My husband and I have a good relationship, but we’re not one of those couples who can read each other’s minds. I’ve heard of couples who can just glance at each other and know what the other wants them to do, and that would be nice, wouldn’t it? But in my marriage, it’s just not a reality.
Right now, we’re working on one aspect of our communication, which is sacrament meeting sign language. We’re like most families—he sits on one end of the row to keep children from escaping out that end, I sit on the other end for the same reason, and the children are in the middle. This only works to keep the children from escaping. It totally ruins any chances we have of communicating with each other. Hence, the need for sign language.
We’ve tried reading lips. No dice. I wanted him to hand me the diaper bag so I could get out some crayons for the three-year-old. All he got was “diaper,” and he took the child in question out to change him. I’m sure he needed it, but the message didn’t quite make it. Another time, I asked him to hand me a diaper, and he interpreted it as “take the child out for a drink.” Yeah, we’re not good at lip-reading.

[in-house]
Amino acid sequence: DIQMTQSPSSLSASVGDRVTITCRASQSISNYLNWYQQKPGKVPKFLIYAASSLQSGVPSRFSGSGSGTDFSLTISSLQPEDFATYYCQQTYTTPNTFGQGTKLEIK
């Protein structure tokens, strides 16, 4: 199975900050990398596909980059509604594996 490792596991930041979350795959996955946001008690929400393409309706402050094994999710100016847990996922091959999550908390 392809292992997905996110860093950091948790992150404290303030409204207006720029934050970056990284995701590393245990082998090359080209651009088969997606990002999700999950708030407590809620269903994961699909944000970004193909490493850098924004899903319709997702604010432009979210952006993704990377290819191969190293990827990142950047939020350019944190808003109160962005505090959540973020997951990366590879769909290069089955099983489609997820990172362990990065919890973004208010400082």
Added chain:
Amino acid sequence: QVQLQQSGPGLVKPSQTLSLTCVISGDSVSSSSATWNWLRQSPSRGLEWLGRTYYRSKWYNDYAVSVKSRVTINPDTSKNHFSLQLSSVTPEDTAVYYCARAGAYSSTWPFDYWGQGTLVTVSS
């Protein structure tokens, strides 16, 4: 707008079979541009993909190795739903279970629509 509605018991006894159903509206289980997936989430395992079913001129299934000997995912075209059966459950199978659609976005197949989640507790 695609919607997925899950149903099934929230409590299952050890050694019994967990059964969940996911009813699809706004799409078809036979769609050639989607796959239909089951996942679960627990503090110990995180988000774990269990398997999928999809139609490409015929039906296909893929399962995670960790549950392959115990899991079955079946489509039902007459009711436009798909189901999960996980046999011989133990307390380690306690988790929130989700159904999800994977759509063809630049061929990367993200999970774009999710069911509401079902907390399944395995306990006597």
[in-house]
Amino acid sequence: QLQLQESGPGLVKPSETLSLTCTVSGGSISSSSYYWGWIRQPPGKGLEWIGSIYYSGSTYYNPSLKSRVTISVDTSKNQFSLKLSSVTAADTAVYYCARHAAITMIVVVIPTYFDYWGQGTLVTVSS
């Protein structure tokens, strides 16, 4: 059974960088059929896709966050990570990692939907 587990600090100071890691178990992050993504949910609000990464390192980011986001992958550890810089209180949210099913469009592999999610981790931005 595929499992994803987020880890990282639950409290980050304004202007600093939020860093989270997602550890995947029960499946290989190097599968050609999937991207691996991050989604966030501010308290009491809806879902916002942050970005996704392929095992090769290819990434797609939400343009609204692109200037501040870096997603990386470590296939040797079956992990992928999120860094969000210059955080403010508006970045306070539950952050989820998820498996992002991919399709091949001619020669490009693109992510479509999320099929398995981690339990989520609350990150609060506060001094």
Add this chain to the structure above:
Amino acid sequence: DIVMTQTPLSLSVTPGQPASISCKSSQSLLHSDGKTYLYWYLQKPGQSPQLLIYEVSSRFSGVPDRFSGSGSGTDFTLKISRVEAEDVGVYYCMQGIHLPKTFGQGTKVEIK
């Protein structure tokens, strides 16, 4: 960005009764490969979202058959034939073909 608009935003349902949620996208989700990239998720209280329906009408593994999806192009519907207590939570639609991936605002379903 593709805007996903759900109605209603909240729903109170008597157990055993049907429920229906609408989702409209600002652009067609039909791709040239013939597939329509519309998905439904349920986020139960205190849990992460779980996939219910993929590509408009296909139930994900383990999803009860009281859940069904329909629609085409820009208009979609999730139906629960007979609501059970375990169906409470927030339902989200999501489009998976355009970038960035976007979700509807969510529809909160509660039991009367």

The first word we’ve decided to incorporate into our new system of sign language is “diaper,” as that seems to be one of the most-needed words in our vocabulary. But now we run into another glitch—my husband thinks that holding two hands together and making an alligator out of them will convey the word “diaper” to me. Well, I’m sorry, but that’s an alligator. Everyone knows that’s an alligator. While it’s true that a diaper does indeed open and close like that, I just can’t see that particular gesture going down in the official sacrament meeting sign language book. We’re going to have to keep negotiating that one.
However, “bottle” was fairly easy to agree on. Make a fist, stick out your thumb and pinky in the “hang loose” sign, and pretend to be a beer-guzzling tippler. Okay, so it’s not necessarily church-appropriate, but I think we can all agree that this gesture means drinking, and that, of course, translates into bottle.
This will be a long process, I’m sure. But we’re going to keep working on it until we can successfully communicate with each other. After all, I don’t soon want to repeat the day when someone behind us had to relay to my husband what I was trying to say because he just didn’t get it.